See what I didn't know upon starting this read is that "Rogue War" was the culmination of Geoff Johns' long-term story arc. That has the potential to be a very detrimental thing for a reader but to my shock and to my happiness, this was a story that was extremely accessible from the get-go and in large part it was due to this:
Two pages of bios on the major characters involved in this story, heroes & villains alike, followed by a page of "What Has Gone Before" to bring people like me up to speed (no pun intended) with the events that set all this up. But that's not all, the first couple chapters of the story introduced me to the back story on Mirror Master, on Heatwave, and briefly on the new Trickster. It gave two out of the three a history that rounded them out for someone as ignorant as myself to the Flash mythos.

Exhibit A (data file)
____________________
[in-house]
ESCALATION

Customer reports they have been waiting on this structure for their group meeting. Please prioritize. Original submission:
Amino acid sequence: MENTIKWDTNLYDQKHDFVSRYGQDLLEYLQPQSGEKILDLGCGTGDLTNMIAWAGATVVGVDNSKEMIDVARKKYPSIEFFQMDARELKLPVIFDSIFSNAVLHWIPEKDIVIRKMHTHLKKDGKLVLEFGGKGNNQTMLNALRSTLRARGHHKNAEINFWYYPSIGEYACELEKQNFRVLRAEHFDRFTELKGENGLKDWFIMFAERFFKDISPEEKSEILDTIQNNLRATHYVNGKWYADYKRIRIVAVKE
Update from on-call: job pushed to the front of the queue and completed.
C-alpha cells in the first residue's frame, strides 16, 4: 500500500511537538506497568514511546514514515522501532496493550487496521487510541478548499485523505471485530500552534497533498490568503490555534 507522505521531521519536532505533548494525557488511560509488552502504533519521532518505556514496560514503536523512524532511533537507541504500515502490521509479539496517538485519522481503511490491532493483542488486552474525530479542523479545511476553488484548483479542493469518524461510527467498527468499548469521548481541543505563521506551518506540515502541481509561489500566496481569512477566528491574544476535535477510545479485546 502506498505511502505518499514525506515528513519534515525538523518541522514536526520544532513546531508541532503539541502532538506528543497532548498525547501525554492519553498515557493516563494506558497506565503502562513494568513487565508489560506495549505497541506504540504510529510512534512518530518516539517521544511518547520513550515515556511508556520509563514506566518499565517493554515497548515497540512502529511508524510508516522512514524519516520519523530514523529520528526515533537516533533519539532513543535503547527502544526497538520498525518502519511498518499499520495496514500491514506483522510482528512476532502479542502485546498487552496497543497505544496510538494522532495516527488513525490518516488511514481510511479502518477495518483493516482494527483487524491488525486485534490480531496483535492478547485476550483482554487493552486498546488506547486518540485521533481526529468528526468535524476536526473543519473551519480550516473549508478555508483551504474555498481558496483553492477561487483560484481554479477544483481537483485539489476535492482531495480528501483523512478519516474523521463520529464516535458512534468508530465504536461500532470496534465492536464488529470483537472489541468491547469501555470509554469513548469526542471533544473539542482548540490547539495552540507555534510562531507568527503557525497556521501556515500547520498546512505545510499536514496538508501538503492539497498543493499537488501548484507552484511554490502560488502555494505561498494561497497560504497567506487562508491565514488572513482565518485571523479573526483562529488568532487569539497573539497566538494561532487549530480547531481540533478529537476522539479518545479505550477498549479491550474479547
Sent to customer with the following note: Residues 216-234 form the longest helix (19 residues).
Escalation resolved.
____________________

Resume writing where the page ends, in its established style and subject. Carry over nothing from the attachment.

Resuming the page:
I learned about how Mirror Master wasn't the stereotypical character that became a villain. He didn't come from a terrible family, and even though he was an orphan, his home wasn't a terrible place. Aside from one other boy who is alluded to sexually abusing other children, it seems the orphanage was an overall good place. It is when Evan (MM) is put into the position of being assaulted that we see what is inside the boy, as he kills the abusive kid before he can do to the future-MM what he did to others. There's more to MM's back story than that, the story of what led him to become a Rogue, but that's just taste of the life Johns pulls you into in just a few pages.